To work on them is a blast. He is a genius and I’m not saying that in a sycophantic way at all. His retention of film and television history is unbelievable. Because of that, there’s a shorthand that we have. He’ll come up to me and say “Do this thing, like in Stagefright”—and he doesn’t have to go any further, because I know where he’s coming from. The one thing that he’s sort of famous for is he doesn’t allow any electronic media anything on set. No cell phones, iPhones, no iPads, nothing—not on vibrate, just not there. I’ve been on set once where someone beeped during a take and it was not good. [Tarantino] shut it down for the afternoon, he was just livid. And I agree with him about his reasoning: it makes people talk to each other. Quentin likes to have certain people around him. He’s always got music going on set, he knows what he wants.

He’s also completely opposed to digital effects—to the point where, as a makeup artist, you really have to bring your A-game. When we did Inglorious Bastards—at the end of the movie, Christoff gets the swastika carved in his forehead and it would have been a perfect example to say you know let’s do it this way, it’s safer, but Quentin wants the real thing. So I said ‘I’m going to do the cutting.” I knew that it was a razor sharp knife, and I knew that if we had any over-zealous extra involved, we would have lost our lead actor! But no error at all, it worked out well. That was pretty much the toughest day on set I ever had [laughs].

Did you have a favorite special effect that you worked on in Django Unchained?

There was some stuff I did on Leonardo DiCaprio, with his make up artist Heba Thorisdottir, that I was pleased with—and that people might not ever know about. He had just gotten back from Australia and had started to grow a beard out, but it wasn’t as full as he wanted. So I lengthened his beard and laid hair on it to give him a Colonel Sanders point. I love doing that sort of stuff, where people are like, ‘oh you did that?’

You’ve worked with so many prolific film icons—from Quentin Tarantino, to Uma Thurman, on Star Trek, The X-Files, and with Ron Perlman. What do you think has been your biggest ‘wow’ moment while working in Hollywood?

Getting nominated for an Oscar years ago, for Star Trek First Contact. They have a nominees luncheon and you see all these celebs there. I started walking toward the group picture and I was just like ‘how am I here?’ That one really hit me. It was bizarre. Going to the Oscars, it was great to go to it. But that’s not why I do what I do. I have friends who are basing their entire lives on validation, that’s just not really my scene.

Is there a must-read book you’d recommend to up-and-coming makeup artists? And do you have any advice for those who are new to the field?

I recommend reading Stage Makeup by Richard Corson and The Technique of the Professional Makeup Artist by Vincent Kehoe. My advice is this: just do the work. If you’re good, you’re going to get hired. It’s a pretty small community and I think everyone has to pay your dues. You’re not going to start and get on set with Quentin Tarantino. You have to show somebody that you’re willing to do what it takes and you’re not going to get it for free. You also have to be your own worst critic. Practice. Get in the lab. Work your way up. Just do it—and do it because you love it.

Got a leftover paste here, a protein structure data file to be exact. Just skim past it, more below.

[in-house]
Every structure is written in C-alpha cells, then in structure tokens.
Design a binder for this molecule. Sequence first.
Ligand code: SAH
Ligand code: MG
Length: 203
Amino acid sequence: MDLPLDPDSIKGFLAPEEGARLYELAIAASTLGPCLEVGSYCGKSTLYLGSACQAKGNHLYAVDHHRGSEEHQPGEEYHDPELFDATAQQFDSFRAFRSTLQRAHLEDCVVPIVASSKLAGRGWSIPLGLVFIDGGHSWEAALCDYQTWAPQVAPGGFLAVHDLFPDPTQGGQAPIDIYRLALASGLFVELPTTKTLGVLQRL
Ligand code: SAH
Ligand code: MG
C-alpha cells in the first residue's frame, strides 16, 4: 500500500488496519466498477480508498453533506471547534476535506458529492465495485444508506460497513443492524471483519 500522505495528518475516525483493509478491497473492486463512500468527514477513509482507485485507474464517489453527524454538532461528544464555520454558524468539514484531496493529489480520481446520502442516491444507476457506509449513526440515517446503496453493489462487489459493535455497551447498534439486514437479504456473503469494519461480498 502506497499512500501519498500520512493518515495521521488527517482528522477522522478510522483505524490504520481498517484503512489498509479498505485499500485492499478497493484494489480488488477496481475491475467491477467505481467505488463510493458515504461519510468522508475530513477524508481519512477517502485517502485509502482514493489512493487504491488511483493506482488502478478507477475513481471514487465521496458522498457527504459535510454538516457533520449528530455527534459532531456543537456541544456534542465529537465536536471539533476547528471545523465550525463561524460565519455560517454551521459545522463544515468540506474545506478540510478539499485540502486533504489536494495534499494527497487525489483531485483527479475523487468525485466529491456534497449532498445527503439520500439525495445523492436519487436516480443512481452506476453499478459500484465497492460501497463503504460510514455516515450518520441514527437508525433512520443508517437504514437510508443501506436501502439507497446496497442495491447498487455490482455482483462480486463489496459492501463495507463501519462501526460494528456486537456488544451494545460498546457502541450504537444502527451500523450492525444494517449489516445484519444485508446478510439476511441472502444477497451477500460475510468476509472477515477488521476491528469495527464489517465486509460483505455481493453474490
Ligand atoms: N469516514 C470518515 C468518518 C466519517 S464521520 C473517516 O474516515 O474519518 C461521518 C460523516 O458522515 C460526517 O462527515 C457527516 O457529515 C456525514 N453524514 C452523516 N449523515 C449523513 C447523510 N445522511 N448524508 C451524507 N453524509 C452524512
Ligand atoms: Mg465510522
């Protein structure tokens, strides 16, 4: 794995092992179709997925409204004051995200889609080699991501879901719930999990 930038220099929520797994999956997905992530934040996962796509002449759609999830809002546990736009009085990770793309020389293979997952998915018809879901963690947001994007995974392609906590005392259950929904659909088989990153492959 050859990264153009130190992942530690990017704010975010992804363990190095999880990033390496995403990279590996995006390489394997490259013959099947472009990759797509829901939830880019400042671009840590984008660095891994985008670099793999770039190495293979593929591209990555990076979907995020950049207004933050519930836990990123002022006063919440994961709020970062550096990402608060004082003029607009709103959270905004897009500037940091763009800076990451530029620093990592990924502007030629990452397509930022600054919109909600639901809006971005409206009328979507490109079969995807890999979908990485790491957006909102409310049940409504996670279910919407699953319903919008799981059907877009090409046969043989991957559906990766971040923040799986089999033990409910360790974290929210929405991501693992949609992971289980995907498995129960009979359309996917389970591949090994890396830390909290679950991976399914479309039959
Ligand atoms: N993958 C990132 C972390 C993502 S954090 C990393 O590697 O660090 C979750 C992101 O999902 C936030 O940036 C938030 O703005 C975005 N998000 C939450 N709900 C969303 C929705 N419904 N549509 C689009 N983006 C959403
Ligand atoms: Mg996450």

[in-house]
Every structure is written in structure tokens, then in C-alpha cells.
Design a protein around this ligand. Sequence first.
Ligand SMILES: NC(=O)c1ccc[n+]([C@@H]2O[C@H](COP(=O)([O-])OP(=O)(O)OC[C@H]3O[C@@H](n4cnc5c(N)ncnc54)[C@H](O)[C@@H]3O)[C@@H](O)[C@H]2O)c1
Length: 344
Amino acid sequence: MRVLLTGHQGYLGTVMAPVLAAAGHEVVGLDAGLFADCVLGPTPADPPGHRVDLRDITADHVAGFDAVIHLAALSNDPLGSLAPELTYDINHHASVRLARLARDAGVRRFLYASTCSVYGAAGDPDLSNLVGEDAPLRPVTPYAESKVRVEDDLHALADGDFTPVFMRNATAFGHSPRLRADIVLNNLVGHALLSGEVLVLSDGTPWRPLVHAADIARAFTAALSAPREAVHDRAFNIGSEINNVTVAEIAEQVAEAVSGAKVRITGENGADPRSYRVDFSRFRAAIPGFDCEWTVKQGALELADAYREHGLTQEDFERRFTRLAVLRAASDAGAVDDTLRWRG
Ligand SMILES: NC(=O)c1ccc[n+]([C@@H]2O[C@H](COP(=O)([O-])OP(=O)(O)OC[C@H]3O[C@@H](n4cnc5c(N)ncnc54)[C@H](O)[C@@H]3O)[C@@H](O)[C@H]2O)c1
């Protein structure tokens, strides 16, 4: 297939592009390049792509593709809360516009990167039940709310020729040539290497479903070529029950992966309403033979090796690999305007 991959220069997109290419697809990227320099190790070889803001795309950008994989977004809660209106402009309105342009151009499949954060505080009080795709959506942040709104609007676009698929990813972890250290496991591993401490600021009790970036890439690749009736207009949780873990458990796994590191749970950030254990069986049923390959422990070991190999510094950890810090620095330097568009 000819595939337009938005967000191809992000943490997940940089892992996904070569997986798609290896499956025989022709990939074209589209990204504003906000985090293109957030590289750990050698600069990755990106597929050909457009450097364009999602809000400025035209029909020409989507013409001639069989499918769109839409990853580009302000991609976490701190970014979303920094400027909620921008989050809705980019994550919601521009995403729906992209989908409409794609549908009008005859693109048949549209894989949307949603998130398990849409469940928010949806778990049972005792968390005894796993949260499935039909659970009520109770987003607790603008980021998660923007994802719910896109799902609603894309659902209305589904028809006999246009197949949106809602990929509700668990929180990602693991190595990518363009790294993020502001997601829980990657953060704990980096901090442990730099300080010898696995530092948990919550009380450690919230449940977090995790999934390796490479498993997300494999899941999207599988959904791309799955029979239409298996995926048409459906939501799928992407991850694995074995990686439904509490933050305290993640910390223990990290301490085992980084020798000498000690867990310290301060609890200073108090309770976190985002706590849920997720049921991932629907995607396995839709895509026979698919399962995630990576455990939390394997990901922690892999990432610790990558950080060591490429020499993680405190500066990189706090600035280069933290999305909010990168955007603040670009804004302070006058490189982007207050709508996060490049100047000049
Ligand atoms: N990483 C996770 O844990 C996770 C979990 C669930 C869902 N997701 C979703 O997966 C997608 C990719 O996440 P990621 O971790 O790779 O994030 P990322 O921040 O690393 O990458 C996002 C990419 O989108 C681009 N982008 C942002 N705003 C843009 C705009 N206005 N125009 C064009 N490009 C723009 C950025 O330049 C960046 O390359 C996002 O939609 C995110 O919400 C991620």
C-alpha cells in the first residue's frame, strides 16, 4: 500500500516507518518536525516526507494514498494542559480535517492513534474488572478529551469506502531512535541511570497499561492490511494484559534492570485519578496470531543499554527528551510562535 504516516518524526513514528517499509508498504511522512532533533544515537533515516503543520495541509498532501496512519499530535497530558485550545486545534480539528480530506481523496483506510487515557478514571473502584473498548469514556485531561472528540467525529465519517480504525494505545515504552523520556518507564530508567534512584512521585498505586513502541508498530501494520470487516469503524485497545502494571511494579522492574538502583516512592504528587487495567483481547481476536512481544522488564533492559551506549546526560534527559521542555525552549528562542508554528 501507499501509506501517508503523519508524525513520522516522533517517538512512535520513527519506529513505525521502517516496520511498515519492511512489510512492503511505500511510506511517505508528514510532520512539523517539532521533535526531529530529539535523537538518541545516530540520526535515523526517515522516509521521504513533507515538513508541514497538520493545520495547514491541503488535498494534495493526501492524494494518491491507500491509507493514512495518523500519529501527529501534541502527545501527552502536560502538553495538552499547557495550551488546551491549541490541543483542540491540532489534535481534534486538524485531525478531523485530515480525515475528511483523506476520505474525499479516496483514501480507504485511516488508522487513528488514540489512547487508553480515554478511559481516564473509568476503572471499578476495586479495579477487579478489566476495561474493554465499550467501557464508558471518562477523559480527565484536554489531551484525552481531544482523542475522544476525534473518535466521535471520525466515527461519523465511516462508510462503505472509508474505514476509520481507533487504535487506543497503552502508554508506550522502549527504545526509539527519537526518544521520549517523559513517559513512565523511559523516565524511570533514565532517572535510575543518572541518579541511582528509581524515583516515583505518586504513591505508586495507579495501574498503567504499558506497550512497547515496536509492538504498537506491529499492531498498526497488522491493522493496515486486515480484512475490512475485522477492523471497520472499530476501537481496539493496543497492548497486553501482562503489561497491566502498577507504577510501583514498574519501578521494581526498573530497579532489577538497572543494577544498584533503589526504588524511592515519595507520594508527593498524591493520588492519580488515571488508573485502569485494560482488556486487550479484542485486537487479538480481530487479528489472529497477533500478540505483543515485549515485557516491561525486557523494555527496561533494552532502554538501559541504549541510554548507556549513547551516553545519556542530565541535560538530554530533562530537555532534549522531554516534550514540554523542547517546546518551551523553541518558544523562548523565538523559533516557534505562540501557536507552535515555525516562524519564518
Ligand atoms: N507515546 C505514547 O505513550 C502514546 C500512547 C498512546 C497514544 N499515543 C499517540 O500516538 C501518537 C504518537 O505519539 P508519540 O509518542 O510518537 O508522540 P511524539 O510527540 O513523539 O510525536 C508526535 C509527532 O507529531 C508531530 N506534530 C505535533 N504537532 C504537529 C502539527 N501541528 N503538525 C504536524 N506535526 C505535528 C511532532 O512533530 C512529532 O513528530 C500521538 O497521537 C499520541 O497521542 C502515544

Aside from working on major special effects projects, you’ve also had a hand in reality and beauty makeup. Can you tell us about your work on Mad Men?

On Mad Men, I worked for Debbie Zoller, who was our department head. I did makeup on the secretaries. I was basically a soldier. I showed up and she told me what to do.

She had done her research just amazingly. There was a bible there that basically said: these are the colors you can use—the palette, the type of material, everything. Certain things were off limits. There was no lower eyeliner, no iridescent cheek colors, only a certain range of lip color you could use, certain eyelashes. There was a very specific look.

Even so, we would have actors come in and say ‘Could I get some eyeliner?’ We had to say no, of course, because they didn’t do it back then [during the time period of Mad Men.]. Upper eyeliner sure, but lower liner? No way. And more often than you would think, someone would sneak off and do their eyeliner anyway! When that happened, we had the ability to let them go from the project. You knew it right away—if someone walked on set with an iridescent lip color, they’d be gone. Purple? Gone. Iridescent blush? Gone. It was very very specific. To have people undoing your work to look good, I don’t have much tolerance for that. It’s not about looking good, it’s about looking the part. If you want to be a model, be a model. An actor is something else. Hunter S. Thompson had a great quote: “you bought the ticket, take the ride.”

Speaking of taking the ride, I’m curious about your work on The Walking Dead, with the especially gory and gruesome parts. A while back, we interviewed a foley artist who used animal parts to make sound effects. Do you incorporate similar products into your work?

Oh yes. Nicotero is a big advocate of using real stuff. We have some fake things, but we use things like chicken breasts, chicken skin. Anything organic. As a matter of fact, I did one thing for the Amityville Horror Remake—for the bits of meat, we went out and got racks of ribs and sausage. I stuck it in the production freezer and crafts services ran out of food, so they came in and made it! [laughs] But yeah, we use primarily organic material–we’ve used real cow intestines, sausage casings, things like that.

I imagine, at times, it must smell horrible on set.

Well, there’s a way you can process it so it’s not as bad, but I’m biased. I used to work at a mink ranch and they had some smells that I’ll probably never get out of my head.

The Walking Dead has become one of the most successful television shows on air. How does it feel to be a part of such a thriving project?

It’s kind of bizarre because we are so far away from everyone when we shoot. We shoot in Senoia, Georgia. So we’re not really around a lot of people. A lot of fans have since shown up—but on Season 1, we were in downtown Atlanta and no one even knew who we were. On the first day of Season 2? There were helicopters overhead trying to catch it! It just got really big really fast. In the beginning, we were thinking of carrying around business cards around to say: “We’re on the show The Walking Dead, would you want to be a zombie on it?” Because everyone we asked said no—they just didn’t know what the show was. Now, we have to pretend like we don’t even work on it.

Do people ever just come up to you and act like zombies?

Oh yeah. And even if they do get the part, everyone wants to either eat someone or be killed. But, come on, not everyone can play lead guitar in the band! [laughs].

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Want to make yourself into a walker, but lack Jake Garber's makeup expertise? Fear not, check out this app from The Walking Dead to make yourself into a walker. 

And, of course, be sure to watch the return of The Walking Dead Season 3, this Sunday on AMC.

Feature image: Make Up Artist Jake Garber with Zombie Puppet. Photo by Gene Page, courtesy of AMCtv.com andThe Walking Dead Prouctions, LLC.